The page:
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Exercise Caution as Salary Budgets Inch Up Again


Average Salary Budgets increases

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As the economy continues its steady--if slow--improvement in many areas, some employers may be tempted to "spread the wealth around" after several lean years of limited raises and bonuses. Yet this might be precisely the wrong time to do that, warns the leader of the compensation practice for WorldatWork, a trade group whose ranks are heavily represented by compensation professionals. Here's why.

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As the accompanying chart illustrates, salary budget increases are


projected to average around three percent this year. That's still nearly a percentage point below pre-recession levels, before they registered their steepest decline in the entire 38 years the organization has been conducting its survey, according to WorldatWork's Kerry Chou. He does not anticipate any significant growth in salary budgets in the near term.

The trick, he says, is getting the most bang for your buck. And for Chou
and many members of WorldatWork, that means concentrating raises on the highest performers. "We're supportive of a pay-for-performance philosophy, and we encourage organizations to get that differential (between high and low-performing workers) to be as high as possible," Chou says.

While that may not sound like a radical prescription, the calibration of
different raise levels has changed at many organizations, or may need to if it hasn't already. Also, opportunities to make an impact with end-of-year bonuses remains an important option for companies that have already given out a lot of raises at the beginning of the year.

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Five Performance Tiers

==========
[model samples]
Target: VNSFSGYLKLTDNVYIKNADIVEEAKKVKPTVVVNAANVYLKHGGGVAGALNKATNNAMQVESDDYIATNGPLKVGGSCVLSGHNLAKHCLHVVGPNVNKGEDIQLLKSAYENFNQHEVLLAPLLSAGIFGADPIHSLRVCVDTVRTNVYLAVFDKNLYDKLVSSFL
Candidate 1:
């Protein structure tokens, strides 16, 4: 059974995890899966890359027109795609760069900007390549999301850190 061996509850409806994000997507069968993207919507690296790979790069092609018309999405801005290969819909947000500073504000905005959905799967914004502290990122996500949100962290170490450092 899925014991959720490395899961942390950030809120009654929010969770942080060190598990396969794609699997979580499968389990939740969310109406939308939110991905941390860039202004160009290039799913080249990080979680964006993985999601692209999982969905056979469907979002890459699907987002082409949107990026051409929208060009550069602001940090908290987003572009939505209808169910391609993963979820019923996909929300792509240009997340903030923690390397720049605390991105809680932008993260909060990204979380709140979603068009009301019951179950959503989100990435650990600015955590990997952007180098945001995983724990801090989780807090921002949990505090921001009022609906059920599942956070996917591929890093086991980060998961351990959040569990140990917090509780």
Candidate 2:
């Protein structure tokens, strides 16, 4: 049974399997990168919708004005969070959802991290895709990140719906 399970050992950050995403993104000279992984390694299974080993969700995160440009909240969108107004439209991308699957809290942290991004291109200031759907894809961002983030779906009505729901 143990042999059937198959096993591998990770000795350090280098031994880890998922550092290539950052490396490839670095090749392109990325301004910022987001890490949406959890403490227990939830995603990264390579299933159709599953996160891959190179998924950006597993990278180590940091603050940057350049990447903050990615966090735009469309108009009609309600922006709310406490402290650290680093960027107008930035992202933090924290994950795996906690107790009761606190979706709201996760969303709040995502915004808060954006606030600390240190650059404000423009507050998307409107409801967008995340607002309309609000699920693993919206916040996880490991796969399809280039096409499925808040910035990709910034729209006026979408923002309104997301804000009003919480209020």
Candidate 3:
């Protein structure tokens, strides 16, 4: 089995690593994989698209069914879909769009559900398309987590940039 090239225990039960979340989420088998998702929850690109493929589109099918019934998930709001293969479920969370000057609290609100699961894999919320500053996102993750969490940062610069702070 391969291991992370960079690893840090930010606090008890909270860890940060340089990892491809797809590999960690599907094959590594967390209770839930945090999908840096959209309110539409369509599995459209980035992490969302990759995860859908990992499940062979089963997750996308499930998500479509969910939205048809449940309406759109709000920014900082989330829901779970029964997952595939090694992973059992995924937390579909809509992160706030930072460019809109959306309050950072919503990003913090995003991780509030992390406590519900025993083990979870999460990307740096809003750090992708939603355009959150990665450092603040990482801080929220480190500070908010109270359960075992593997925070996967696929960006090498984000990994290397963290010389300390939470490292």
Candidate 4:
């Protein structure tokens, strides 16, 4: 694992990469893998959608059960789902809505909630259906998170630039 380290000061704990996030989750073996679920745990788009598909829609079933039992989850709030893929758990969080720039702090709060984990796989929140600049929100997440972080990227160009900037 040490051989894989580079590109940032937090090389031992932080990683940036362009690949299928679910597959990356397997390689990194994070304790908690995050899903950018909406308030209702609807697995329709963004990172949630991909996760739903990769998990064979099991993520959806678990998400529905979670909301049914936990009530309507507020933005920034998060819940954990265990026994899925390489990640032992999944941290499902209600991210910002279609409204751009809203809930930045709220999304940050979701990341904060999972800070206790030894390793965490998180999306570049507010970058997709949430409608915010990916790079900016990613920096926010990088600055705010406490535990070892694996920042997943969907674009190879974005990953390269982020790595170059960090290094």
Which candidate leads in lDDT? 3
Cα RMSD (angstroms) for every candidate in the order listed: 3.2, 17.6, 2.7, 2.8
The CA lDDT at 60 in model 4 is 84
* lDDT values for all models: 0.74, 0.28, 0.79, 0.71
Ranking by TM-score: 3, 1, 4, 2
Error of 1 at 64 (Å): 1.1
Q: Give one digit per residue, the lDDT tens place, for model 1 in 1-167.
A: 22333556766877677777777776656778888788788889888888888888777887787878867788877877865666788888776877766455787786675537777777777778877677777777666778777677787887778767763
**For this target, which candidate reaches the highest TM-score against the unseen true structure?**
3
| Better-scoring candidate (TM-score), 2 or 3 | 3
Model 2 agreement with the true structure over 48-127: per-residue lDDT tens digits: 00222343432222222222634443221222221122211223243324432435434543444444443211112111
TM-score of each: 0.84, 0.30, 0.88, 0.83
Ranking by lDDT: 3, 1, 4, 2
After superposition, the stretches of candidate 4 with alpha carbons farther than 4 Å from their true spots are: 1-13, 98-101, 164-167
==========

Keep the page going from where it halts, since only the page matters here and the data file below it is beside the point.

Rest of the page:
For salaries, says Chou, think of a basic five-tier performance rating scale,
where one is for employees not meeting expectations, two for employees only partially meeting expectations, three for the middle of the pack, four for strong performers and five, "you're walking on water."

Whereas the lowest level performers would rarely get a raise (and
appropriately so), the "two" level employees often would at least get a token raise at many organizations. Today, even under somewhat more relaxed conditions, that may no longer be appropriate, to conserve precious salary budget dollars for the fives and fours, Chou says.

In its annual survey WorldatWork asks members how much higher than
the average raise the high performers receive. The most common response is 50 percent, so that a strong performer might get 4.5 percent if the average is 3. But about one fourth of members say their differential is 100 percent -- a position Chou applauds.
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One way to enable larger differential is "carving out" a portion of the overall compensation budget for discretionary use with high performers. Instead of, for example, giving managers a three percent increase to apportion among those they supervise, "reduce it to 2.5 percent and save the extra half a percent for special cases," Chou says. The same principle applies to bonus pools, although those amounts may need to be predicated on actual business performance.
Average Salary Budgets increases

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The Value of "Carve-Outs"

"The nice thing about these carve-outs," Chou says, "is you don't have to
change your processes." That is, if raises and bonus awards are determined by a set of goals and performance criteria known to employees, those can remain the same. However, it's important for employees to know early in the game if the size of the basic bonus pool has changed from the prior year.

"Employees have an expectation about what they are going to receive. It's
important to do as much communication as possible, so they have realistic expectations," Chou advises.

But then when high performers get the benefit of higher raises or
bonuses financed by the carve-out, you will exceed their expectations, providing a stronger motivational boost.

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And that may be critical to keeping employees who are, in Chou's words, "hitting the ball out of the park." With an improving economy--or even when it remains relatively sluggish, employers cannot afford to be complacent about the prospect of losing their best people. "Those employees are always going to have opportunities, and you may lose them if you're not paying attention," Chou concludes.

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